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Published: March 25, 2020

Last Updated: October 21, 2022

Introduction – Ontario Non-Resident Speculation Tax

The Ontario non-resident speculation tax applies when real estate located in the greater golden horseshoe region in Ontario is acquired by a foreign entity or taxable trustee. The greater golden horseshoe region is a collection of cities, counties, and regional municipalities located in southern Ontario. Notably, Toronto, Hamilton, Guelph, and Barrie are all located in the greater golden horseshoe region.

The term “foreign entity” means either a foreign national or a foreign corporation. A foreign national is an individual who is neither a citizen of Canada nor a permanent resident of Canada. A foreign corporation is a corporation not incorporated in Canada or any corporation controlled by one or more:

  • foreign national,
  • corporation incorporated outside of Canada, or
  • corporation that would, if each share of the corporation’s capital stock that is owned by a foreign national or by a corporation not incorporated in Canada were owned by a specific hypothetical person, that person would control the corporation.

The term “taxable trustee” is the trustee of a trust with at least one foreign entity as a trustee. A trust with no foreign entity trustees is also a “taxable trustee” if immediately after real estate is acquired by the trustee, a beneficiary of the trust who is a foreign entity holds a beneficial interest in the real estate. Mutual funds, real estate investment trusts, and SIFT trusts are not taxable trustees.

When the Ontario non-resident speculation tax applies to a transaction, the amount of the tax is equal to 15% of the value of the consideration provided in exchange for the land. Note that the amount of tax owing is not proportional to the size of the interest acquired in the real estate by the foreign entity or taxable trustee. A transaction where a foreign national acquires 5% of a property and a Canadian citizen acquires the remaining 95% results in the same amount of non-resident speculation tax as if the foreign national had acquired 100% of the property. There are however several exemptions and rebates that can provide relief to taxpayers who would otherwise need to pay Ontario non-resident speculation tax.

Nominee Exemption – Ontario Non-Resident Speculation Tax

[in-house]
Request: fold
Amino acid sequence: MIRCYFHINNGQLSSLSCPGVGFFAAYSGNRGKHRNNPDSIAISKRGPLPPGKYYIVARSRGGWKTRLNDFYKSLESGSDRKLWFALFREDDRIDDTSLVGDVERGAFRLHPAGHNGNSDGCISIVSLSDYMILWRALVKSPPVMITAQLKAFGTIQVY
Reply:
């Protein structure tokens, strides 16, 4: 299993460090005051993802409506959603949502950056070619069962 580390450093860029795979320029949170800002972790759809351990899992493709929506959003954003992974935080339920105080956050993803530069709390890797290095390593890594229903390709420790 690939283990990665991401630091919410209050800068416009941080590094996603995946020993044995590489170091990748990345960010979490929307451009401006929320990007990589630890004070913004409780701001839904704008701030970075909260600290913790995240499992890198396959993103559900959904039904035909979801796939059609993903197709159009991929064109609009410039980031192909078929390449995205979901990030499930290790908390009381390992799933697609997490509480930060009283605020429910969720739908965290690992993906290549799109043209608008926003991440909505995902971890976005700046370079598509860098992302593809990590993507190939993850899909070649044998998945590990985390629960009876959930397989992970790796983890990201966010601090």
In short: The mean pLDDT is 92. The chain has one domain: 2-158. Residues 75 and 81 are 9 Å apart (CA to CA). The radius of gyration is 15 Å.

There is a full exemption available to some foreign nationals who are Ontario nominees and who acquire real estate in Ontario and would otherwise be subject to the Ontario non-resident speculation tax. The Ontario immigration nominee program is a program run by the government of Ontario in partnership with the government of Canada which facilitates foreign nationals with skills relevant to Ontario’s economic development and labour market becoming permanent residents of Canada. The government of Ontario has established a number of different categories of nominees within the program with different criteria, including categories for foreign nationals with a full time job offer in Ontario, foreign nationals with a graduate degree from an Ontario university, and foreign nationals looking to start a new business in Canada. To become a nominee, a foreign national must submit an application to the government of Ontario and have that application be granted by the government of Ontario. Foreign nationals who are nominated can then apply for permanent residence status with the Government of Canada.

The Ontario nominee exemption to the non-resident speculation tax requires that:

  • The foreign national acquiring an interest in real estate is nominated under the Ontario nominee program;
  • Any other persons acquiring an interest in the real estate in the same transaction are individuals who are either Canadian citizens, permanent residents of Canada, Ontario nominees, or protected persons;
  • All the individuals acquiring interests in the real estate in the transaction certify that they will occupy the real estate as their principal residence; and
  • The Ontario nominee foreign national has applied to become a permanent resident of Canada or certifies that he or she will apply to become a permanent resident of Canada

A protected person is a foreign national on whom refugee protection has been conferred on under section 95 of the Immigration and Refugee Protection Act.

Tax Tips – Nominee Exemption to Ontario Non-Resident Speculation Tax

If you are a foreign national considering purchasing real estate in Ontario and relying on the Ontario nominee, you should consult an experienced Toronto tax lawyer before making the purchase. The conditions for the exemption to apply are complex and can have counter intuitive results. For example, the exemption does not apply if a property is purchased jointly by an Ontario nominee foreign national and a Canadian citizen when the Ontario nominee plans to live in the property as his or her permanent residence and the Canadian citizen does not plan to live in the property. It is also worth noting that the exemption is available only for foreign nationals nominated under the Ontario nominee program and not the nominee programs administered by other Canadian provinces.


"This article provides information of a general nature only. It is only current at the posting date. It is not updated and it may no longer be current. It does not provide legal advice nor can it or should it be relied upon. All tax situations are specific to their facts and will differ from the situations in the articles. If you have specific legal questions you should consult a lawyer."

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